Tuesday, June 8, 2010
The Abortion Cases Part Three
The decision in Roe spoke about viability of the fetus as the triggering mechanism for the State's interest in the potential life of the fetus to justify more regulations regarding abortion. The viability issue is further discussed in the case of Planned Parenthood of Central Missouri v, Danforth.
John C. Danforth, Clarence Thomas, and Strom Thurmond
Associate Justice Blackmun again delivered the opinion of a sharply divided Court. It was a 5 to 4 decision, although Justice Stevens concurred in part and dissented in part. So maybe it was more like a 5+ to a 4- decision. The issues in the case revolved around Missouri's abortion statute. John C. Danforth was the Attorney General of the State of Missouri.
The Court ruled that the definition of viability in the Missouri statute did not conflict with the definition in Roe v. Wade. Missouri's definition was that viability meant the fetus is potentially able to live outside the mother's womb, albeit with artificial aid, and is presumably capable of meaningful life outside the mother's womb.
The issues of consent to the abortion were likewise litigated in Planned Parenthood of Central Missouri v, Danforth, The Court said that Missouri could require written consent by the woman, or her parents if she is under 18 and single. These provisions do not apply in emergency situations affecting the life of the mother.
Blackmun said: " The decision to abort, indeed, is an important and often a stressful one, and it is desirable and imperative that it be made with full knowledge of its nature and consequences. The woman is the one primarily concerned, and her awareness of the decision and its significance may be assured, constitutionally, by the State to the extent of requiring her prior written consent."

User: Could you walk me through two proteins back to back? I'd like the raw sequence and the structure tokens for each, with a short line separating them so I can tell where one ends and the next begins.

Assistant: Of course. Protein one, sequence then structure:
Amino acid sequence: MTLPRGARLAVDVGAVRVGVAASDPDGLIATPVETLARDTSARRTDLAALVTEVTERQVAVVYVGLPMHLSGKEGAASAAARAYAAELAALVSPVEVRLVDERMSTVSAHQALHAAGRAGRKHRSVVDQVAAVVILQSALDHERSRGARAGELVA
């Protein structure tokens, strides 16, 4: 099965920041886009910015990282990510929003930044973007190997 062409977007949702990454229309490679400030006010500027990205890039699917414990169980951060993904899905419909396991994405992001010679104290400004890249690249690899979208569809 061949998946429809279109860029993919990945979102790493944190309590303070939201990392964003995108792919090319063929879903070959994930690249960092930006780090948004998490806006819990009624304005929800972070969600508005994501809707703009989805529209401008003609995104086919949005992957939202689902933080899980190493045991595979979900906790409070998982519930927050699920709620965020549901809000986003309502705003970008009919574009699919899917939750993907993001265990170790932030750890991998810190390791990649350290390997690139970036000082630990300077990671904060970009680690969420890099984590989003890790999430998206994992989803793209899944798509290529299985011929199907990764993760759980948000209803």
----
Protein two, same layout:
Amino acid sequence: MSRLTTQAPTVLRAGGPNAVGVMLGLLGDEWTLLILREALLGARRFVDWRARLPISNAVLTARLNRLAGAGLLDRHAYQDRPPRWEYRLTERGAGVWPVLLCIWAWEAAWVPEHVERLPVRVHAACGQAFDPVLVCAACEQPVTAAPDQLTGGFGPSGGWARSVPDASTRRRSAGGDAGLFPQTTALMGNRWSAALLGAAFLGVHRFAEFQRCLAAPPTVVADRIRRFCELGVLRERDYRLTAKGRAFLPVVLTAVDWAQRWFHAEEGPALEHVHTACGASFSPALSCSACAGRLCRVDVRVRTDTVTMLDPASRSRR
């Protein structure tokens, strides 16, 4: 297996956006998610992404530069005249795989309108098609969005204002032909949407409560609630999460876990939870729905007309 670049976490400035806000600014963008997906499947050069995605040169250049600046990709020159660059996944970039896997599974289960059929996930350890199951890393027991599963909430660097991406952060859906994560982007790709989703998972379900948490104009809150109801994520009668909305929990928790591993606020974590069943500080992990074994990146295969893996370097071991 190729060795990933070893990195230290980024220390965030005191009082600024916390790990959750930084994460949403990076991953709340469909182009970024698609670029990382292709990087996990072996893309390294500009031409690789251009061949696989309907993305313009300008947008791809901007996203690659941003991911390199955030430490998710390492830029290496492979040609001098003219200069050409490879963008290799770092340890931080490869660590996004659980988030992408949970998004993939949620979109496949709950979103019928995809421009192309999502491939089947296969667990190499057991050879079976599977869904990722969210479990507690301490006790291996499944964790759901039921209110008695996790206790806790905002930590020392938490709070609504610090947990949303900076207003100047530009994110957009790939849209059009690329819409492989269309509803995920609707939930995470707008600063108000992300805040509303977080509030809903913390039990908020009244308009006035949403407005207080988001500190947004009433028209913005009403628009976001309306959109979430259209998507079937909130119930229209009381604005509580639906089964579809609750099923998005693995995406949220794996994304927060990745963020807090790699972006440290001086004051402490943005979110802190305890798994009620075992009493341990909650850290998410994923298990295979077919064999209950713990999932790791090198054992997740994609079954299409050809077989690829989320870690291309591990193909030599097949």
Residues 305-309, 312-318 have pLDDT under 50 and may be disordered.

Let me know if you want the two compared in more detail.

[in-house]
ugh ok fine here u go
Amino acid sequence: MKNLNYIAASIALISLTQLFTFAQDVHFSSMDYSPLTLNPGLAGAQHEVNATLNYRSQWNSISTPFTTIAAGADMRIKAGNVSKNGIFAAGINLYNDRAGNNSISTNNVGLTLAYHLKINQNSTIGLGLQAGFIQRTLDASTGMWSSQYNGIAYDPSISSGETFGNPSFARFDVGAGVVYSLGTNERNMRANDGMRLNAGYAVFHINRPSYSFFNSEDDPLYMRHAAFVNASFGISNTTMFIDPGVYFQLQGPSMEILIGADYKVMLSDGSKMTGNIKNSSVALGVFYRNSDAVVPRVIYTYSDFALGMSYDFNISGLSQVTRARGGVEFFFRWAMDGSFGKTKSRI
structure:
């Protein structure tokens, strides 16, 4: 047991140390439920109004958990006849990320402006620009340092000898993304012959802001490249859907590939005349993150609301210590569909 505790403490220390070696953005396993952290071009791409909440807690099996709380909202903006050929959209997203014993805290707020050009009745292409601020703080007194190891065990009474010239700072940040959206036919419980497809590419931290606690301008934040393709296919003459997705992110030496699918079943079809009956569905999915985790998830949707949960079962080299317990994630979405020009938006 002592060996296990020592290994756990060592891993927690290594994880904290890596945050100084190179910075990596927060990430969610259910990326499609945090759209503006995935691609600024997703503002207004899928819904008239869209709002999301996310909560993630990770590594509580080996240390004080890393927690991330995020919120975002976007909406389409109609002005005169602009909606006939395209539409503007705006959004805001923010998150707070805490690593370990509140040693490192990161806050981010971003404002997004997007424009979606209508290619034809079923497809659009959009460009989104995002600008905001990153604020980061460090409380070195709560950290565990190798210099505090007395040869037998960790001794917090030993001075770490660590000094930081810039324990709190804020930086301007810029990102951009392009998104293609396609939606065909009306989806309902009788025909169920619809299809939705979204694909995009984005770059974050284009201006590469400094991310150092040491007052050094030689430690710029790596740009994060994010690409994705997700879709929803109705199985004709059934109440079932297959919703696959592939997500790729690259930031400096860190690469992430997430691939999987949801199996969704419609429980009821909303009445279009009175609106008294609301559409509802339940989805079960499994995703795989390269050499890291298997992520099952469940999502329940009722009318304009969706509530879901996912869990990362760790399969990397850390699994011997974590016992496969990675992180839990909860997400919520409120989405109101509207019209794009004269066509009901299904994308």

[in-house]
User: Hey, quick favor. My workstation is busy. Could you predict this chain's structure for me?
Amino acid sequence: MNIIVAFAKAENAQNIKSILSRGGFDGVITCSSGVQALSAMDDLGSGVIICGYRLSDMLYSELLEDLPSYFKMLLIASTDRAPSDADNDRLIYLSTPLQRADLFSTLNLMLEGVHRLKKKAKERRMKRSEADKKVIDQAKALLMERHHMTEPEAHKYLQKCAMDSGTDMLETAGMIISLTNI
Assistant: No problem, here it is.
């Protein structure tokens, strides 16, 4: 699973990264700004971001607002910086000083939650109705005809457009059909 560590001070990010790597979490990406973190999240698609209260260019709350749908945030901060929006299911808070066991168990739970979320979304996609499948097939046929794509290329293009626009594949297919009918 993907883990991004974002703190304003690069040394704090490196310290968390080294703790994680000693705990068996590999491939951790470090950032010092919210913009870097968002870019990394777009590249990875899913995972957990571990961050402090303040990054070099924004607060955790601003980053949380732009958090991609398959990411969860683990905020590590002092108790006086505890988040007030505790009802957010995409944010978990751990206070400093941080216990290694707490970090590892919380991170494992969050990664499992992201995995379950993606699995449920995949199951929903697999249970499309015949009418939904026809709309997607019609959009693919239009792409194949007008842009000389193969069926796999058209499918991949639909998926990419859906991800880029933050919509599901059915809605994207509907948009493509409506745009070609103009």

The Court ruled on whether the State could require the spouse's consent. The decision was that the Missouri cannot delegate to a spouse a veto power which the state itself is absolutely and totally prohibited from exercising during the first trimester of pregnancy.
The Court also said no to the requirement of parental notification. The State may not constitutionally impose a blanket parental consent requirement, as a condition for an unmarried minor's abortion during the first 12 weeks of her pregnancy for substantially the same reasons as in the case of the spousal consent provision, there being no significant state interests, whether to safeguard the family unit and parental authority or otherwise, in conditioning an abortion on the consent of a parent with respect to the under-18-year-old pregnant minor. As stressed in Roe, "the abortion decision and its effectuation must [p54] be left to the medical judgment of the pregnant woman's attending physician."
The Court then struck down Missouri's ban on the most commonly used abortion technique, saline amniocentesis.
Blackmun said the outright legislative proscription of saline amniocentesis fails as a reasonable protection of maternal health. As an arbitrary regulation designed to prevent the vast majority of abortions after the first 12 weeks, it is plainly unconstitutional.